Quantitative anatomic measures and comorbid medical illness in late- life major depression

A. Kumar, D. Miller, D. Ewbank, D. Yousem, A. Newberg, S. Samuels, P. Cowell, G. Gottlieb

Research output: Contribution to journalArticlepeer-review

Abstract

The authors examined the individual and relative roles of atrophy, comorbid medical illness, and cerebrovascular risk factors in the pathogenesis of late-life major depressive disorder (MDD). They used magnetic resonance imaging techniques to study 28 subjects with late-life MDD, 29 healthy control subjects, and 34 subjects with probable dementia of the Alzheimer type (DAT). Depressed subjects showed increases in cerebrospinal fluid volumes comparable to the DAT group but significantly different from control subjects. High-intensity signals, but not measures of atrophy correlated significantly with cerebrovascular risk factor scores. A logistic regression revealed that both brain atrophy and medical illness are associated with an increased risk of developing MDD. Data suggest that both atrophy and comorbid medical illness increase the likelihood of developing MDD in late life.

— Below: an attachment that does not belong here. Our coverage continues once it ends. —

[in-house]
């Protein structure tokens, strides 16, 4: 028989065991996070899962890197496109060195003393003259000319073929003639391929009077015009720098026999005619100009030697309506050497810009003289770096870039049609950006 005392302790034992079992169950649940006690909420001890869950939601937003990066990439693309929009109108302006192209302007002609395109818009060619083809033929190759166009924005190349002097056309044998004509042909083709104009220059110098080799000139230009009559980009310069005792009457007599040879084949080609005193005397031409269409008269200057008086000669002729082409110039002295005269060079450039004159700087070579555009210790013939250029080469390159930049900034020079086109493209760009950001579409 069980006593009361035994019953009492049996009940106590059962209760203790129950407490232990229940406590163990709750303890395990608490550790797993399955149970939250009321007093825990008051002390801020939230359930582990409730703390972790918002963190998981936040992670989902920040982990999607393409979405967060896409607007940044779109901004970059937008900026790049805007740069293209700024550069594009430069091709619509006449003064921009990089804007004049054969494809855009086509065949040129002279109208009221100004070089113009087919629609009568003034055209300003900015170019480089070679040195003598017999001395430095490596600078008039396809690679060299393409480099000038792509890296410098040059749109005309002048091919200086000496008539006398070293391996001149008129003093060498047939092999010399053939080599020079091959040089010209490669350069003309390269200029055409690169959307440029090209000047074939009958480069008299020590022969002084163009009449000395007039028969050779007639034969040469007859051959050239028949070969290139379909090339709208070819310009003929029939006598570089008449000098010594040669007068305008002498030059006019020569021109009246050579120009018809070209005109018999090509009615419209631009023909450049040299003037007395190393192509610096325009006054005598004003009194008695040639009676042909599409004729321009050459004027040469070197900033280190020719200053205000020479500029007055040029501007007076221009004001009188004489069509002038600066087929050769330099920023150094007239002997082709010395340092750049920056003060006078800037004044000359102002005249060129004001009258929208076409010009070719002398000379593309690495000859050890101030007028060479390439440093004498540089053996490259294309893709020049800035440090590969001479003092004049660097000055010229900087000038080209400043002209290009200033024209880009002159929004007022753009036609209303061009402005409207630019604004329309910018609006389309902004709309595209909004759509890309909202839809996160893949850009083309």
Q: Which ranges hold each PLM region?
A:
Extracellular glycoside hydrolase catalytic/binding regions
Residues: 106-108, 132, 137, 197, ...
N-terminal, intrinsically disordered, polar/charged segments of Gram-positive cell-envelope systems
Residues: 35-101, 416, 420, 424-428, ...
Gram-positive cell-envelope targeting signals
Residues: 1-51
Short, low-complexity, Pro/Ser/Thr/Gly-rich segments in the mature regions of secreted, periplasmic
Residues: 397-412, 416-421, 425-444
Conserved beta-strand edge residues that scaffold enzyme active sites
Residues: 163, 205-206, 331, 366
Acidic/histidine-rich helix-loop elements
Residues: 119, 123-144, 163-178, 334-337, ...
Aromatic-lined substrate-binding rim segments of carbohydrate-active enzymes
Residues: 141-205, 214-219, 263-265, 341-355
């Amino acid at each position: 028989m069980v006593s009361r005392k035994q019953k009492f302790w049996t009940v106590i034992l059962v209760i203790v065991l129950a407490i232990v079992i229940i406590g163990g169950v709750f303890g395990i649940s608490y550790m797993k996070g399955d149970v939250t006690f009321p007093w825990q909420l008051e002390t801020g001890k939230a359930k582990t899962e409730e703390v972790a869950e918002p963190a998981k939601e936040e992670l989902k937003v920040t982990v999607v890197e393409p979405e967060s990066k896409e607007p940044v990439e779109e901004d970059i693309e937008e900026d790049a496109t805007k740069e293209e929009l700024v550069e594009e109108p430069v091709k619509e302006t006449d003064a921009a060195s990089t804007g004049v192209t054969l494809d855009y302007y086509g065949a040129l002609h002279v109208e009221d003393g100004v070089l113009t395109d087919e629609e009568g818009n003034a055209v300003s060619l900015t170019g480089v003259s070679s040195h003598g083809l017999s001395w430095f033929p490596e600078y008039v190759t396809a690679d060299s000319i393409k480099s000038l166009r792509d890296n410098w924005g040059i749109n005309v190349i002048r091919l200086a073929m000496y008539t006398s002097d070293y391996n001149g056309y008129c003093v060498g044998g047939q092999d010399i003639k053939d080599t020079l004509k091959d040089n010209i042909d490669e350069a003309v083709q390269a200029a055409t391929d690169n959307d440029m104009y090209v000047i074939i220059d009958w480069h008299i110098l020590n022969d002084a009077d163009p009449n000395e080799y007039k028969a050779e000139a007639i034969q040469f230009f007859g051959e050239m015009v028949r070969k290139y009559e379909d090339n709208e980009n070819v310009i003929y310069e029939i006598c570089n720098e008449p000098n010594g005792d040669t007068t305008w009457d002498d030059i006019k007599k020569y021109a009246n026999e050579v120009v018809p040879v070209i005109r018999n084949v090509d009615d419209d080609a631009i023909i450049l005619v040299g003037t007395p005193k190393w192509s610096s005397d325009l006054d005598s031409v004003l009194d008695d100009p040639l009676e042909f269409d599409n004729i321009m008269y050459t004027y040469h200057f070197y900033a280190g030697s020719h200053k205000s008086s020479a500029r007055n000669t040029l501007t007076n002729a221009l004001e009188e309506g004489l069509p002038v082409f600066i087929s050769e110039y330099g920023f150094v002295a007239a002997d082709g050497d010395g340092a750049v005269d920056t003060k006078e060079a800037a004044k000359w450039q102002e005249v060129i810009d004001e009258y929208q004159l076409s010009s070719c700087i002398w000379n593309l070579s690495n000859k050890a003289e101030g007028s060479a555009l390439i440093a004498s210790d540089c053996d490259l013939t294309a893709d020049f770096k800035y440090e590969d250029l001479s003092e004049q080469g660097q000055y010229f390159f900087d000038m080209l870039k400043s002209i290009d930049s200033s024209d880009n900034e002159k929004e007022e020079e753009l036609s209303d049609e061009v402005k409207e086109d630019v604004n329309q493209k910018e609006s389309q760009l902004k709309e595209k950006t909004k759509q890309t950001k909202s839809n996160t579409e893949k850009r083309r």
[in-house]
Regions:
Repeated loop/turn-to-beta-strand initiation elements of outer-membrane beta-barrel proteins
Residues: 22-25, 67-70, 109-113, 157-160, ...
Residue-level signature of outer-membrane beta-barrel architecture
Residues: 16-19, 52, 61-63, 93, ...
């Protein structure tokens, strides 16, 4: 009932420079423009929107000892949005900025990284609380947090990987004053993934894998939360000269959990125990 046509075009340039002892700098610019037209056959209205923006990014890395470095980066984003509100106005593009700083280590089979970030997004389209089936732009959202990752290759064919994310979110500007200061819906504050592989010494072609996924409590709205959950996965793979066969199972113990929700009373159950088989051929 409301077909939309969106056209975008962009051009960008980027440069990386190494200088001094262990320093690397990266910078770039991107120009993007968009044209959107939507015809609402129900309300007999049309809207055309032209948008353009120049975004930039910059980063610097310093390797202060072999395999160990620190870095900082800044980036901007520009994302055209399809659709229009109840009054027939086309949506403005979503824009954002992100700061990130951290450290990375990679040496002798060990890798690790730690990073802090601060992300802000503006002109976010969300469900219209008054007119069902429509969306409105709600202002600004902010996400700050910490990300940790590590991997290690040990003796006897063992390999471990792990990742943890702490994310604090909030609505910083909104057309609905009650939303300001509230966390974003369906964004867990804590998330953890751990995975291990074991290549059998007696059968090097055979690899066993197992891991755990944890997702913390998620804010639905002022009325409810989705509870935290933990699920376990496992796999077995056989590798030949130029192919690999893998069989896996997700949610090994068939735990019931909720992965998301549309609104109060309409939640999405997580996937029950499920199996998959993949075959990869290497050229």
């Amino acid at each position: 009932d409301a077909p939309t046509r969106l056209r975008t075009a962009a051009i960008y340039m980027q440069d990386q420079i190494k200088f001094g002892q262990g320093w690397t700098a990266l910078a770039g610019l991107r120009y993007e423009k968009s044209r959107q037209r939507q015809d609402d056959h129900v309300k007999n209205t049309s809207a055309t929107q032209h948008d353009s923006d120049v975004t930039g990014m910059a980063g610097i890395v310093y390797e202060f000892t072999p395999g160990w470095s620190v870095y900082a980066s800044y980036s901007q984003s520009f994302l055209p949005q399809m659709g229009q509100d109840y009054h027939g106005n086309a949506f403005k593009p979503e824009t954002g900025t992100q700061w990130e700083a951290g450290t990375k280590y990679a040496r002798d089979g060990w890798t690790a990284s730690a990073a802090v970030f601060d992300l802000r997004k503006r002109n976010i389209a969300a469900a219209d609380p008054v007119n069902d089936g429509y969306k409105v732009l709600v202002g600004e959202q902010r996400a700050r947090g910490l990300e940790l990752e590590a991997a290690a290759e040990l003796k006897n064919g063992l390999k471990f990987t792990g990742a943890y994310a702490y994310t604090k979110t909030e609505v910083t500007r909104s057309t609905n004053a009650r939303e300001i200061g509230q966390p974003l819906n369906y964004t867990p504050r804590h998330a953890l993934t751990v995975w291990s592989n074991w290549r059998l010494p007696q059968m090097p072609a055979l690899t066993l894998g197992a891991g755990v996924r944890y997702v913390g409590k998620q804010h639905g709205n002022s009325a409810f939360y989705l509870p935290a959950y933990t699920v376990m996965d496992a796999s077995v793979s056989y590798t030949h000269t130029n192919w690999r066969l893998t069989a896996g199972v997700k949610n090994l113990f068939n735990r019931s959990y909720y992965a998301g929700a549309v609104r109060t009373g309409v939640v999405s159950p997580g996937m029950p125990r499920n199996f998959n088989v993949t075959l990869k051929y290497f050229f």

Original languageEnglish (US)
Pages (from-to)15-25
Number of pages11
JournalAmerican Journal of Geriatric Psychiatry
Volume5
Issue number1
DOIs
StatePublished - Jan 1 1997
Externally publishedYes

ASJC Scopus subject areas

  • Geriatrics and Gerontology
  • Psychiatry and Mental health

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